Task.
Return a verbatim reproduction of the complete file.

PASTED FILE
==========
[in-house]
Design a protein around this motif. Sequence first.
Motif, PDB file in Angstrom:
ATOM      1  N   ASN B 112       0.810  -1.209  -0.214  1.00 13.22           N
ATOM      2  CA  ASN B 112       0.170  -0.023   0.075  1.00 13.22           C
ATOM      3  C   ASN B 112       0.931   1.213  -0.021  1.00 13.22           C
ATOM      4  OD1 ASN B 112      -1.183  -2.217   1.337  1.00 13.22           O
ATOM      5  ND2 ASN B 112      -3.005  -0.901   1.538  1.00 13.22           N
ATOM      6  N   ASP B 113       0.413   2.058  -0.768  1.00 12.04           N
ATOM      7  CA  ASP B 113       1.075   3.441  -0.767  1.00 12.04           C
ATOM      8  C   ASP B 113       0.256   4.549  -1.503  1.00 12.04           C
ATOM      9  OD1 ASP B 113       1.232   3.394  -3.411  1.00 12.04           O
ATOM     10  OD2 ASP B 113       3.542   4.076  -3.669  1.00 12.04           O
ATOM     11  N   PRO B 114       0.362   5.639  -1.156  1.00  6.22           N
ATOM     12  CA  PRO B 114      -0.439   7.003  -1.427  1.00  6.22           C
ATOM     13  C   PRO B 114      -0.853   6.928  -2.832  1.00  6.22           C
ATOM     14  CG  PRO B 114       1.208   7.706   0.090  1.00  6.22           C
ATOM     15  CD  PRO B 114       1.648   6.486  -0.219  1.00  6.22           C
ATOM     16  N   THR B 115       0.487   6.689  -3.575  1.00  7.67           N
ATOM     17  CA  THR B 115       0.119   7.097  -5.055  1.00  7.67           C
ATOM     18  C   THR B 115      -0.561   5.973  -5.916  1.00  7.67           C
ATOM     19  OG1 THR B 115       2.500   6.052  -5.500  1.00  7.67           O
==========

[in-house]
Design a protein around this motif. Sequence first.
Motif, PDB file in Angstrom:
ATOM      1  N   ASN B 112       0.810  -1.209  -0.214  1.00 13.22           N
ATOM      2  CA  ASN B 112       0.170  -0.023   0.075  1.00 13.22           C
ATOM      3  C   ASN B 112       0.931   1.213  -0.021  1.00 13.22           C
ATOM      4  OD1 ASN B 112      -1.183  -2.217   1.337  1.00 13.22           O
ATOM      5  ND2 ASN B 112      -3.005  -0.901   1.538  1.00 13.22           N
ATOM      6  N   ASP B 113       0.413   2.058  -0.768  1.00 12.04           N
ATOM      7  CA  ASP B 113       1.075   3.441  -0.767  1.00 12.04           C
ATOM      8  C   ASP B 113       0.256   4.549  -1.503  1.00 12.04           C
ATOM      9  OD1 ASP B 113       1.232   3.394  -3.411  1.00 12.04           O
ATOM     10  OD2 ASP B 113       3.542   4.076  -3.669  1.00 12.04           O
ATOM     11  N   PRO B 114       0.362   5.639  -1.156  1.00  6.22           N
ATOM     12  CA  PRO B 114      -0.439   7.003  -1.427  1.00  6.22           C
ATOM     13  C   PRO B 114      -0.853   6.928  -2.832  1.00  6.22           C
ATOM     14  CG  PRO B 114       1.208   7.706   0.090  1.00  6.22           C
ATOM     15  CD  PRO B 114       1.648   6.486  -0.219  1.00  6.22           C
ATOM     16  N   THR B 115       0.487   6.689  -3.575  1.00  7.67           N
ATOM     17  CA  THR B 115       0.119   7.097  -5.055  1.00  7.67           C
ATOM     18  C   THR B 115      -0.561   5.973  -5.916  1.00  7.67           C
ATOM     19  OG1 THR B 115       2.500   6.052  -5.500  1.00  7.67           O